Multidisciplinary Approach to Identify and Mitigate the Hazard from Induced Seismicity in Oklahoma

Wednesday, 17 December 2014: 5:00 PM
Austin A Holland1, G Randy Keller Jr2, Amberlee Patrice Darold1, Kyle E Murray1,2 and Stephen D Holloway3, (1)Oklahoma Geological Survey, Leonard, OK, United States, (2)University of Oklahoma, Norman, OK, United States, (3)Univ of OK-Geology & Geophysic, Norman, OK, United States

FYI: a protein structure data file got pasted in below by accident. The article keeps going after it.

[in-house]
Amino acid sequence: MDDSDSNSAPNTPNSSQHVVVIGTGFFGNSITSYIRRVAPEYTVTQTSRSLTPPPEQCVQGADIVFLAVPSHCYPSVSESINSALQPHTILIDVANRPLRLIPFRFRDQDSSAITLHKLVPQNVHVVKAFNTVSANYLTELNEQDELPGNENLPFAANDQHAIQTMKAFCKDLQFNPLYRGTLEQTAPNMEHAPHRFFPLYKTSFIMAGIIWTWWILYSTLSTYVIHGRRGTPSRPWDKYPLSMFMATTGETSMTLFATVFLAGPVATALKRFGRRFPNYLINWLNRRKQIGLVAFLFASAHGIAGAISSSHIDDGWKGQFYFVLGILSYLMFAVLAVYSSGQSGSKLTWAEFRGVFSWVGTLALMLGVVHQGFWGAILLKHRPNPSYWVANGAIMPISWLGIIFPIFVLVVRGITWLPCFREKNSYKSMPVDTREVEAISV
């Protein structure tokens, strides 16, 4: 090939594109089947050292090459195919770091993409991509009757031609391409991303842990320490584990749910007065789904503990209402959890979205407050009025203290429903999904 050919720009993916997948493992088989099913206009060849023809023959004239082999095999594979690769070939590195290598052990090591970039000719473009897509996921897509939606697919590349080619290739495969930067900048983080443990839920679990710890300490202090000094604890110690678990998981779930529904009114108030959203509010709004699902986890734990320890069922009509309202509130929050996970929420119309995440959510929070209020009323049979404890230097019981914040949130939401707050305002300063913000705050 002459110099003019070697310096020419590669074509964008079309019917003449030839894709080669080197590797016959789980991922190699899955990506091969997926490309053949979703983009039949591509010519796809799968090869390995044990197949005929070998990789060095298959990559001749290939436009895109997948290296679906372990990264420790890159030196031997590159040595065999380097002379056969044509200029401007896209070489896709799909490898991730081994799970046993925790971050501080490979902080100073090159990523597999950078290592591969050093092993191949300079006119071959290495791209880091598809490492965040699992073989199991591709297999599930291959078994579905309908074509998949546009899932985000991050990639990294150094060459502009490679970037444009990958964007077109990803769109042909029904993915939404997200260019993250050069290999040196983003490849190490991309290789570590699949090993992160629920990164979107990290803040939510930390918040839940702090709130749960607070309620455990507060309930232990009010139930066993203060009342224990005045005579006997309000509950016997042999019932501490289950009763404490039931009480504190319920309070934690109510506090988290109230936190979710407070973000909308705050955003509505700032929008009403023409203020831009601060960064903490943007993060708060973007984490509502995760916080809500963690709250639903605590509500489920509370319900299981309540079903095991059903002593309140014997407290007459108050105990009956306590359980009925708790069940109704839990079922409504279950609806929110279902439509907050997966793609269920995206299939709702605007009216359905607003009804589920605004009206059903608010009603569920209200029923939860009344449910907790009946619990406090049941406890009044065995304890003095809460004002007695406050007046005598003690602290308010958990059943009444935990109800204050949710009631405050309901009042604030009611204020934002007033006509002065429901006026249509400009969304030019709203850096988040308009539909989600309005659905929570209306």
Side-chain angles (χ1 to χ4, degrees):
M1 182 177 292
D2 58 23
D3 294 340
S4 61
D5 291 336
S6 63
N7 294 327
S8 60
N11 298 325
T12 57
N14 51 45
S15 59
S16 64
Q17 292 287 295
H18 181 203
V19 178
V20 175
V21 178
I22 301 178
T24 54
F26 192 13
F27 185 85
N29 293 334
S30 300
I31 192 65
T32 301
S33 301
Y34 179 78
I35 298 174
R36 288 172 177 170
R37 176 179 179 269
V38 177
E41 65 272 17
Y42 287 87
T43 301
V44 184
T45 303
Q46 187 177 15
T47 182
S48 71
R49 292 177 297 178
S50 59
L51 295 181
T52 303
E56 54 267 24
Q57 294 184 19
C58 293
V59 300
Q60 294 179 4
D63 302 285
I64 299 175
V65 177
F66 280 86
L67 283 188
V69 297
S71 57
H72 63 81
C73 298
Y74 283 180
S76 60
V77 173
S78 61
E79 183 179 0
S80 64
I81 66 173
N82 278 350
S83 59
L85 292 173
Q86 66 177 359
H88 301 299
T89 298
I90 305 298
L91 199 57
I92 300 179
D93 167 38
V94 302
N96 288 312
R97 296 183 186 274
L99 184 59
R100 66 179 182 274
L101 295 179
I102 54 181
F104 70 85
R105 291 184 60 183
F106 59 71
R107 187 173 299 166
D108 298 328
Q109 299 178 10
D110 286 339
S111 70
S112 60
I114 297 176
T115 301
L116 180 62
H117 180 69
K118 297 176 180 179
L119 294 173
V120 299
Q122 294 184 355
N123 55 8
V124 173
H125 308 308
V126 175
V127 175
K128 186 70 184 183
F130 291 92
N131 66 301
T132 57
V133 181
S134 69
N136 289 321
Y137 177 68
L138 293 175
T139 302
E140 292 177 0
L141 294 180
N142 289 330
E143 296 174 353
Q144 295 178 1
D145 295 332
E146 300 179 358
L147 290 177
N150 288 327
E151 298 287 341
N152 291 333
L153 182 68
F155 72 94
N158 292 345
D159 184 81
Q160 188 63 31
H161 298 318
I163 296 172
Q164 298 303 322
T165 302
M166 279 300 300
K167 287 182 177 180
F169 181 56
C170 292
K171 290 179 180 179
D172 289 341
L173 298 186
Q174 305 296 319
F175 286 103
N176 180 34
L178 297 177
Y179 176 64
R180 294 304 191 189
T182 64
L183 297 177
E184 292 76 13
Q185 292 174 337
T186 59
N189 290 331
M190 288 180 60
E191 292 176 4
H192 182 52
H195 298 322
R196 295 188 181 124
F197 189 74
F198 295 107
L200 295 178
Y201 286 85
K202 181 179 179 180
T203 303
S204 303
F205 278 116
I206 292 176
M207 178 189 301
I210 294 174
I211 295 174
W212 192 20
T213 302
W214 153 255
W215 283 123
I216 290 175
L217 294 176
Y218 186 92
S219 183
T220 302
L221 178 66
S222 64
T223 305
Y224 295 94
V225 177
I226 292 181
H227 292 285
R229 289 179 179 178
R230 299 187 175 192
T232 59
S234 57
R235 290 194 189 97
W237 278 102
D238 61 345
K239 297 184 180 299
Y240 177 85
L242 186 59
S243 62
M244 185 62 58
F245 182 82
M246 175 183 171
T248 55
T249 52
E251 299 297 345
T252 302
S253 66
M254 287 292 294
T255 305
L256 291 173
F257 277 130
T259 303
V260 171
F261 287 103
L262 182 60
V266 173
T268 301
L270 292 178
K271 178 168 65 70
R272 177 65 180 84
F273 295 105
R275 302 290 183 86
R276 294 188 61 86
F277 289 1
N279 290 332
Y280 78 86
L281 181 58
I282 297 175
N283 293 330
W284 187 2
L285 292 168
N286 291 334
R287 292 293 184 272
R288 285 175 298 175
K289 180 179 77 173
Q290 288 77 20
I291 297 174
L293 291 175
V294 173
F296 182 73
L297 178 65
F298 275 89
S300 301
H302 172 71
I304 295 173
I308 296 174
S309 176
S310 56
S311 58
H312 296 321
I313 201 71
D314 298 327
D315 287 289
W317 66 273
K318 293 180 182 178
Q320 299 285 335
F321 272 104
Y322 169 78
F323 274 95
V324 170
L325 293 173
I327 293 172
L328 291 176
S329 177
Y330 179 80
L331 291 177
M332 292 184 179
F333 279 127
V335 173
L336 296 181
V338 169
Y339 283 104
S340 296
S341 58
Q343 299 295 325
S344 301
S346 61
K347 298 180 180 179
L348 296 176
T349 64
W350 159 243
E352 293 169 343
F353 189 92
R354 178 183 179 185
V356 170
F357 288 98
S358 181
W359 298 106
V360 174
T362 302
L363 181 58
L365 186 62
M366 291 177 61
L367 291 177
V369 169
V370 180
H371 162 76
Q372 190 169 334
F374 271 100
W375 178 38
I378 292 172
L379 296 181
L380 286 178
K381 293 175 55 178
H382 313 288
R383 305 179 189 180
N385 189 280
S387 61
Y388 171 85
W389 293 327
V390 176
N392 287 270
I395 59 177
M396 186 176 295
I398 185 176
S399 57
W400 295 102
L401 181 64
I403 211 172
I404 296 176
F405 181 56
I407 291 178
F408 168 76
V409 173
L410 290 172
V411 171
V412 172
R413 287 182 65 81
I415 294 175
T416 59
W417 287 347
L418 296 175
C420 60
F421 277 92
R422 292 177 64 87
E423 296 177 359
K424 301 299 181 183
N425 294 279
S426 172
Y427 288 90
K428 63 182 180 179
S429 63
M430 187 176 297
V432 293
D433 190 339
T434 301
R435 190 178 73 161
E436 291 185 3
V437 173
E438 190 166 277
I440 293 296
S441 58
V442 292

Oklahoma has experienced a very significant increase in seismicity rates over the last 5 years with the greatest increase occurring in 2014. The observed rate increase indicates that the seismic hazard for at least some parts of Oklahoma has increased significantly. Many seismologists consider the large number of salt-water disposal wells operating in Oklahoma as the largest contributing factor to this increase. However, unlike many cases of seismicity induced by injection, the greatest increase is occurring over a very large area, about 15% of the state. There are more than 3,000 disposal wells currently operating within Oklahoma along with injection volumes greater than 2010 rates. These factors add many significant challenges to identifying potential cases of induced seismicity and understanding the contributing factors well enough to mitigate such occurrences. In response to a clear need for a better geotechnical understanding of what is occurring in Oklahoma, a multi-year multidisciplinary study some of the most active areas has begun at the University of Oklahoma. This study includes additional seismic monitoring, better geological and geophysical characterization of the subsurface, hydrological and reservoir modeling, and geomechanical studies to better understand the rise in seismicity rates. The Oklahoma Corporation Commission has added new rules regarding reporting and monitoring of salt-water disposal wells, and continue to work with the Oklahoma Geological Survey and other researchers.